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  1. I enrolled America's 1st tax-free Health Savings Account (HSA) so you can trust me. I bet 1/3 of my clients were lawyers because they love tax-free deposits, growth and withdrawals or total tax freedom. Most of the time (always) these clients are uninformed about insurance law. Employer-based health insurance is simple if you read the policy. It says, Employers (lawyers) and employees who are working 30-hours-per-week are ELIGIBLE for insurance. Then I show the lawyer the TERMINATION clause which states: When you are no longer ELIGIBLE! Then I ask a closing question (sales term) to the lawyer which is, "If you have a stroke or cancer and become too sick to work can you keep your health insurance?" If the lawyer had dependent children they needed a "Dependent Conversion Privilege" in case their child got sick or hurt which the lawyers never had. Lawyers are pretty easy sales. Save premium, eliminate taxes and build wealth!

  2. Ok, so cheap laughs made about the Christian Right. hardiharhar ... All kidding aside, it is Mohammad's followers who you should be seeking divine protection from. Allahu Akbar But progressives are in denial about that, even as Europe crumbles.

  3. Father's rights? What about a mothers rights? A child's rights? Taking a child from the custody of the mother for political reasons! A miscarriage of justice! What about the welfare of the child? Has anyone considered parent alienation, the father can't erase the mother from the child's life. This child loves the mother and the home in Wisconsin, friends, school and family. It is apparent the father hates his ex-wife more than he loves his child! I hope there will be a Guardian Ad Litem, who will spend time with and get to know the child, BEFORE being brainwashed by the father. This is not just a child! A little person with rights and real needs, a stable home and a parent that cares enough to let this child at least finish the school year, where she is happy and comfortable! Where is the justice?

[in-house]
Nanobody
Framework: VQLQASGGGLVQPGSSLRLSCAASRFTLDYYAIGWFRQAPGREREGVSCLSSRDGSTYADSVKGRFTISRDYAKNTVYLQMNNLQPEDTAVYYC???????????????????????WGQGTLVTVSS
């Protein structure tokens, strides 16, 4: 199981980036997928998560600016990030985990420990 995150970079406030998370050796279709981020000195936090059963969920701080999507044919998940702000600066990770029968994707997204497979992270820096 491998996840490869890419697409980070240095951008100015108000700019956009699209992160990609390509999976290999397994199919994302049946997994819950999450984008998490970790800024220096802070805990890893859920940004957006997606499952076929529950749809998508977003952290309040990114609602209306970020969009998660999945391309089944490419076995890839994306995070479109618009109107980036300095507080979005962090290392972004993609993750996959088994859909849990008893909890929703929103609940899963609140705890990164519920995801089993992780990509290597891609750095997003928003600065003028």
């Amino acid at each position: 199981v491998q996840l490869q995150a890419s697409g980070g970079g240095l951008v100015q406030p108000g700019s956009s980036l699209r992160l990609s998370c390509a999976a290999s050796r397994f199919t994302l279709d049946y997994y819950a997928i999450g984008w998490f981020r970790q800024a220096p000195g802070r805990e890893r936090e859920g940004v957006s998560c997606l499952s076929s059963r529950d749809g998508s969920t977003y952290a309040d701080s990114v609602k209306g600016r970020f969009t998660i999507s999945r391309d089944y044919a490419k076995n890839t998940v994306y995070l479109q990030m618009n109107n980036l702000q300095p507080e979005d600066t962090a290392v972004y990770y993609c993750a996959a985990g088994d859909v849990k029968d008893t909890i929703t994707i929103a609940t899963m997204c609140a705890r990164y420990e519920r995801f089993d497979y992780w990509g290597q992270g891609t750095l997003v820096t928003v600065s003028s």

4. "The commission will review applications and interview qualified candidates in March and April." Riiiiiight. Would that be the same vaulted process that brought us this result done by "qualified candidates"? http://www.theindianalawyer.com/justices-deny-transfer-to-child-custody-case/PARAMS/article/42774 Perhaps a lottery system more like the draft would be better? And let us not limit it to Indiana attorneys so as to give the untainted a fighting chance?

  5. Steal a little, and they put you in jail. Steal a lot, and they make you king. Bob Dylan ala Samuel Johnson. I had a very similar experience trying to hold due process trampling bureaucrats responsible under the law. Consider this quote and commentary:"'When the president does it, that means it is not illegal,' [Richard] Nixon told his interviewer. Those words were largely seen by the American public -- which continued to hold the ex-president in low esteem -- as a symbol of his unbowed arrogance. Most citizens still wanted to believe that no American citizen, not even the president, is above the law." BWHaahaaahaaa!!!! http://www.philly.com/philly/blogs/attytood/When-the-president-does-it-that-means-it-is-not-illegal.html